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On the Occasion of World Refugee Day: The Dismissal of Palestinian Refugee and IDP Rights in US President Trump’s Vision threatens the International Legal Framework for Refugees
On the Occasion of World Refugee Day: The Dismissal of Palestinian Refugee and IDP Rights in US President Trump’s Vision threatens the International Legal Framework for Refugees


For the past 72 years, the Palestinian people have been exposed to ongoing forcible displacement and transfer coupled with the denial of their rights to return and reparations. The policies, mechanisms, and practices employed by Israel and its unwillingness to fulfill its responsibilities towards the Palestinian people have augmented and perpetuated this displacement. As of 2018, Palestinian refugees and internally displaced persons (IDPs) constitute 8.7 million – amounting to 66.7 percent of the Palestinian population worldwide. This predicament is further reinforced by the reoccurring efforts of the United States (US) to liquidate the United Nations Relief and Works Agency (UNRWA), to erode the rights of displaced Palestinians, and to terminate the Palestinian refugee issue all-together.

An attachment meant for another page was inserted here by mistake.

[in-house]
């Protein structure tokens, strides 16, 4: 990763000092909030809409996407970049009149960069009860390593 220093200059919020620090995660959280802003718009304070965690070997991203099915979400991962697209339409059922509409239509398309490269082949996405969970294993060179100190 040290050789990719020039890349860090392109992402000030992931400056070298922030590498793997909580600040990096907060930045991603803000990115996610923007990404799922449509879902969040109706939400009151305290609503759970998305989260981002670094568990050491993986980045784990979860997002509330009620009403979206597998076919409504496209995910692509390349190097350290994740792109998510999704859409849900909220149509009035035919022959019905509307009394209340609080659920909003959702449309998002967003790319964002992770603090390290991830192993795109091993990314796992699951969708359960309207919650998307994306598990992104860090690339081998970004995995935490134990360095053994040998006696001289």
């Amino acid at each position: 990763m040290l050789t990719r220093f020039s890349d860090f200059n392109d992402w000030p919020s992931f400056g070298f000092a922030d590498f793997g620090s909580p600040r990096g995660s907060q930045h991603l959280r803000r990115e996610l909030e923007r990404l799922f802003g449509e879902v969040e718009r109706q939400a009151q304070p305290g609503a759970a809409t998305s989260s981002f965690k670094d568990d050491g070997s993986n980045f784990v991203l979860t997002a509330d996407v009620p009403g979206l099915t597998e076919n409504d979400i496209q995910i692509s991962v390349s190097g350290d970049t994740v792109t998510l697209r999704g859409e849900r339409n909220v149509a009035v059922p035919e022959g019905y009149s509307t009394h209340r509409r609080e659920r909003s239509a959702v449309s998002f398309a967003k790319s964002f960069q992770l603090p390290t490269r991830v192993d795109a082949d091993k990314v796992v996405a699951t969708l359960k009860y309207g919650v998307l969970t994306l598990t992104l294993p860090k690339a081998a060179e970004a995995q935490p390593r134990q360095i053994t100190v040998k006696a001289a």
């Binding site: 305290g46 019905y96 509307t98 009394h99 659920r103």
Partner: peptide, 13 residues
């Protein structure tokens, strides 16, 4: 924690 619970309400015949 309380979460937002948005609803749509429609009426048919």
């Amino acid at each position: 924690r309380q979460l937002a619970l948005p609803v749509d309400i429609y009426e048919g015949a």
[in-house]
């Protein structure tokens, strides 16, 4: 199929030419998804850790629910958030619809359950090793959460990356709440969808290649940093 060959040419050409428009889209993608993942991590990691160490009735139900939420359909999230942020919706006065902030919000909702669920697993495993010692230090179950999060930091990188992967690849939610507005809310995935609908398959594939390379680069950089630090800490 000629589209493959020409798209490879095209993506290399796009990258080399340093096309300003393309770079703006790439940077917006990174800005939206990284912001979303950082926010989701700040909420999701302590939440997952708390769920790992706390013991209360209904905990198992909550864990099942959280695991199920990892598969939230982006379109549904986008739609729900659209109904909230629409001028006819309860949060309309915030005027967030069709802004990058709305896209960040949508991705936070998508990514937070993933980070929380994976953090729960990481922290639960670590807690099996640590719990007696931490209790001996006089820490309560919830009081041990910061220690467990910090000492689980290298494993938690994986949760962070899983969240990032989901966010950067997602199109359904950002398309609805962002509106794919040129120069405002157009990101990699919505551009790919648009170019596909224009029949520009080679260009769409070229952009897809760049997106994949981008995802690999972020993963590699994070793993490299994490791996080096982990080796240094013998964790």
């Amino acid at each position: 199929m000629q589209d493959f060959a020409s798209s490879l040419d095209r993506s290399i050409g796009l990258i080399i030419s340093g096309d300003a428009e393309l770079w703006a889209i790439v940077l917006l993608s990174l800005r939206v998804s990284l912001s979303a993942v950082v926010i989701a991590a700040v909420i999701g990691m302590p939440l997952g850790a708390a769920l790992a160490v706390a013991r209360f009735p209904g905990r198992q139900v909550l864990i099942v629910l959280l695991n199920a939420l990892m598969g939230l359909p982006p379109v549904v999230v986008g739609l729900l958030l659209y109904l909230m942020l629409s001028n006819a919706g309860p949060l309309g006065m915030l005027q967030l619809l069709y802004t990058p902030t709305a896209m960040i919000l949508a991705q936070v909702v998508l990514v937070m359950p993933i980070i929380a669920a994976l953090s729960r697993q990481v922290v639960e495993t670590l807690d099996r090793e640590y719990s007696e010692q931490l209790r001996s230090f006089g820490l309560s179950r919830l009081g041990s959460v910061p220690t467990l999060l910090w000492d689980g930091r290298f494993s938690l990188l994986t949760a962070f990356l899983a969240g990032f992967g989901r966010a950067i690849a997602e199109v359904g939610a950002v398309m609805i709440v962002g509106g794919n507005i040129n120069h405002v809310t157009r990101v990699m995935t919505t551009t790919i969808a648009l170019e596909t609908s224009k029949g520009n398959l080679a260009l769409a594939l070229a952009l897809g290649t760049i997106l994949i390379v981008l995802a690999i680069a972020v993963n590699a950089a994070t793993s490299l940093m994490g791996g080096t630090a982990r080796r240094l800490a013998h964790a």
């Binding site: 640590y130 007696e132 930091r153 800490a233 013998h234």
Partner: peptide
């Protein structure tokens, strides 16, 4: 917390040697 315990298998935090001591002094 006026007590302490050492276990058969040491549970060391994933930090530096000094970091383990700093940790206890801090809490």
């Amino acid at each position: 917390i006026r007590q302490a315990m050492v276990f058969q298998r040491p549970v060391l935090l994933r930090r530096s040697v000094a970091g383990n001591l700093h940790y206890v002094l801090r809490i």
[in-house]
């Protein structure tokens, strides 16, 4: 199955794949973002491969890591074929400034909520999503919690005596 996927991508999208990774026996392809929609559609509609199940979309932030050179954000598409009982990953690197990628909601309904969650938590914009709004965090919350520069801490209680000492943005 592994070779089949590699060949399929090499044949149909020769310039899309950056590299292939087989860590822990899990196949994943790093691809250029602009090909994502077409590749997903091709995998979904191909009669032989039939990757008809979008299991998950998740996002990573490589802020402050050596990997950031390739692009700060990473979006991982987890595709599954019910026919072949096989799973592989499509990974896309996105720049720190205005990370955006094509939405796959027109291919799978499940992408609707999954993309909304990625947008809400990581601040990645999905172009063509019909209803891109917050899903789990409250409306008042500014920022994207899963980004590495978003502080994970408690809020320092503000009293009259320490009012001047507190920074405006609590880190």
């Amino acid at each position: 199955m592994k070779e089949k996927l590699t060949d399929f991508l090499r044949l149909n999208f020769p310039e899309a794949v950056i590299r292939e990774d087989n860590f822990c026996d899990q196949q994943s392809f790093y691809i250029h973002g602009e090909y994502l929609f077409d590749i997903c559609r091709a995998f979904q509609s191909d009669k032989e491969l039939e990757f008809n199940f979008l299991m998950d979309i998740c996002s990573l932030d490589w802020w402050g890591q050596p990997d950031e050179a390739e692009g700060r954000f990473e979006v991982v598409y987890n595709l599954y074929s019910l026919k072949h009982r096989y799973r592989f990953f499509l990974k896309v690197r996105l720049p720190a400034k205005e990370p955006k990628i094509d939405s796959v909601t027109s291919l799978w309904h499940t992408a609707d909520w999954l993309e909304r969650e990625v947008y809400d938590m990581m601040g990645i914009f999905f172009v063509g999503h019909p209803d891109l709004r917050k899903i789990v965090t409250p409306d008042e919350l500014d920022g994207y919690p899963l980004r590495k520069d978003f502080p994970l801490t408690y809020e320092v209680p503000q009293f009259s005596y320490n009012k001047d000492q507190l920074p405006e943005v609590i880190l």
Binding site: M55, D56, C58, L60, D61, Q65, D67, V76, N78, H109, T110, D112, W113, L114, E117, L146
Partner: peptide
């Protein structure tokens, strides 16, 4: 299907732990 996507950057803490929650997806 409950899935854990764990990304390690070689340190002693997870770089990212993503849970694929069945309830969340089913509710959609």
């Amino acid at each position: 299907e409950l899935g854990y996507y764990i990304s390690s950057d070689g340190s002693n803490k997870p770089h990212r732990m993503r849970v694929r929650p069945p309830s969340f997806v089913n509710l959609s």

A recent culmination of these efforts is seen in the US’ “Peace and Prosperity: A Vision to Improve the Lives of the Palestinian and Israeli People” (also known as the Deal of the Century, hereinafter, the Vision). Similar to Israel’s strategy, the Vision terminates Palestinian refugees and IDPs rights to return to their homes or places of origin and properties in what became Israel. It completely  contradicts international law aiming to deny Palestinian refugees and IDPs their right to just and durable solutions, namely voluntary repatriation (return), as well as their right to reparations (i.e. right of return, property restitution, and compensation) – all of which constitute serious breaches of international law. Moreover, while it completely ignores the existence (and rights) of 760,000 of Palestinian IDPs, its sets out vague and illegal criteria of the definition of Palestinian refugee. The Vision proposes such a definition with the aim to not only reduce the number of refugees who might be considered eligible for durable solutions, but also to eliminate the current status of millions of Palestinian refugees.  The Vision  reflects US-Israeli strategy to transfer international responsibility for Palestinian refugees to host states, in particular Arab states, and the elimination of the UNRWA.